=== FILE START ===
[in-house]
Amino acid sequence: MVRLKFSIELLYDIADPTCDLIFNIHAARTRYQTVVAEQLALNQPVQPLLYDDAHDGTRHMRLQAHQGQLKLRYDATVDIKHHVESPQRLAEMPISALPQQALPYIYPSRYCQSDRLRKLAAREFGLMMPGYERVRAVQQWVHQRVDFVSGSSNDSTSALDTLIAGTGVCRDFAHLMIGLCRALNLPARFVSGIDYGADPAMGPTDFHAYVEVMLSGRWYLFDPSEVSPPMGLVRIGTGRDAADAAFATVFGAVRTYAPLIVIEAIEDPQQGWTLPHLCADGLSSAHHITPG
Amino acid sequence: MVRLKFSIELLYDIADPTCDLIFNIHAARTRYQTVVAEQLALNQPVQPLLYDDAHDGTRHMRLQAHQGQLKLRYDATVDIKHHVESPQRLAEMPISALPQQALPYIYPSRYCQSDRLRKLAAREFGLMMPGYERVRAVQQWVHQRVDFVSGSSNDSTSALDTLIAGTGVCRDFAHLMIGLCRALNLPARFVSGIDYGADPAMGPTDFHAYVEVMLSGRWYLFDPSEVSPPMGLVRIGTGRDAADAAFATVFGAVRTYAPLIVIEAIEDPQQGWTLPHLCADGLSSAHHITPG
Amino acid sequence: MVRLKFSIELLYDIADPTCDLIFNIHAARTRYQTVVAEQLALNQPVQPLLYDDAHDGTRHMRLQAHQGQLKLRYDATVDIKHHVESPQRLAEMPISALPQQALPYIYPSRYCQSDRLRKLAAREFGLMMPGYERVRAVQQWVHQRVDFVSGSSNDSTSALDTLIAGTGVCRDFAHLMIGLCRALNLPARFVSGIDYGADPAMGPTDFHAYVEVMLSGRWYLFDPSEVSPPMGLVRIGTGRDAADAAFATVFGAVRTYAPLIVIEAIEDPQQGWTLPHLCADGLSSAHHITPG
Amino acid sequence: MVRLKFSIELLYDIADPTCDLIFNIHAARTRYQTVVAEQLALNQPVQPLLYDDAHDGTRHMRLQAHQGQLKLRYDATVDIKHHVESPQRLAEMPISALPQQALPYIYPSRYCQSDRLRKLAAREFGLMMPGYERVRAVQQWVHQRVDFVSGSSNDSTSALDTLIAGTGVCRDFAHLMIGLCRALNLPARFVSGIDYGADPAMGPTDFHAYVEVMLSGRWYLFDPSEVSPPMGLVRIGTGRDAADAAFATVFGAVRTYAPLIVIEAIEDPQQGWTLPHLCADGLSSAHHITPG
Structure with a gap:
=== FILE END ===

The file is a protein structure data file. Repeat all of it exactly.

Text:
[in-house]
Amino acid sequence: MVRLKFSIELLYDIADPTCDLIFNIHAARTRYQTVVAEQLALNQPVQPLLYDDAHDGTRHMRLQAHQGQLKLRYDATVDIKHHVESPQRLAEMPISALPQQALPYIYPSRYCQSDRLRKLAAREFGLMMPGYERVRAVQQWVHQRVDFVSGSSNDSTSALDTLIAGTGVCRDFAHLMIGLCRALNLPARFVSGIDYGADPAMGPTDFHAYVEVMLSGRWYLFDPSEVSPPMGLVRIGTGRDAADAAFATVFGAVRTYAPLIVIEAIEDPQQGWTLPHLCADGLSSAHHITPG
Amino acid sequence: MVRLKFSIELLYDIADPTCDLIFNIHAARTRYQTVVAEQLALNQPVQPLLYDDAHDGTRHMRLQAHQGQLKLRYDATVDIKHHVESPQRLAEMPISALPQQALPYIYPSRYCQSDRLRKLAAREFGLMMPGYERVRAVQQWVHQRVDFVSGSSNDSTSALDTLIAGTGVCRDFAHLMIGLCRALNLPARFVSGIDYGADPAMGPTDFHAYVEVMLSGRWYLFDPSEVSPPMGLVRIGTGRDAADAAFATVFGAVRTYAPLIVIEAIEDPQQGWTLPHLCADGLSSAHHITPG
Amino acid sequence: MVRLKFSIELLYDIADPTCDLIFNIHAARTRYQTVVAEQLALNQPVQPLLYDDAHDGTRHMRLQAHQGQLKLRYDATVDIKHHVESPQRLAEMPISALPQQALPYIYPSRYCQSDRLRKLAAREFGLMMPGYERVRAVQQWVHQRVDFVSGSSNDSTSALDTLIAGTGVCRDFAHLMIGLCRALNLPARFVSGIDYGADPAMGPTDFHAYVEVMLSGRWYLFDPSEVSPPMGLVRIGTGRDAADAAFATVFGAVRTYAPLIVIEAIEDPQQGWTLPHLCADGLSSAHHITPG
Amino acid sequence: MVRLKFSIELLYDIADPTCDLIFNIHAARTRYQTVVAEQLALNQPVQPLLYDDAHDGTRHMRLQAHQGQLKLRYDATVDIKHHVESPQRLAEMPISALPQQALPYIYPSRYCQSDRLRKLAAREFGLMMPGYERVRAVQQWVHQRVDFVSGSSNDSTSALDTLIAGTGVCRDFAHLMIGLCRALNLPARFVSGIDYGADPAMGPTDFHAYVEVMLSGRWYLFDPSEVSPPMGLVRIGTGRDAADAAFATVFGAVRTYAPLIVIEAIEDPQQGWTLPHLCADGLSSAHHITPG
Structure with a gap: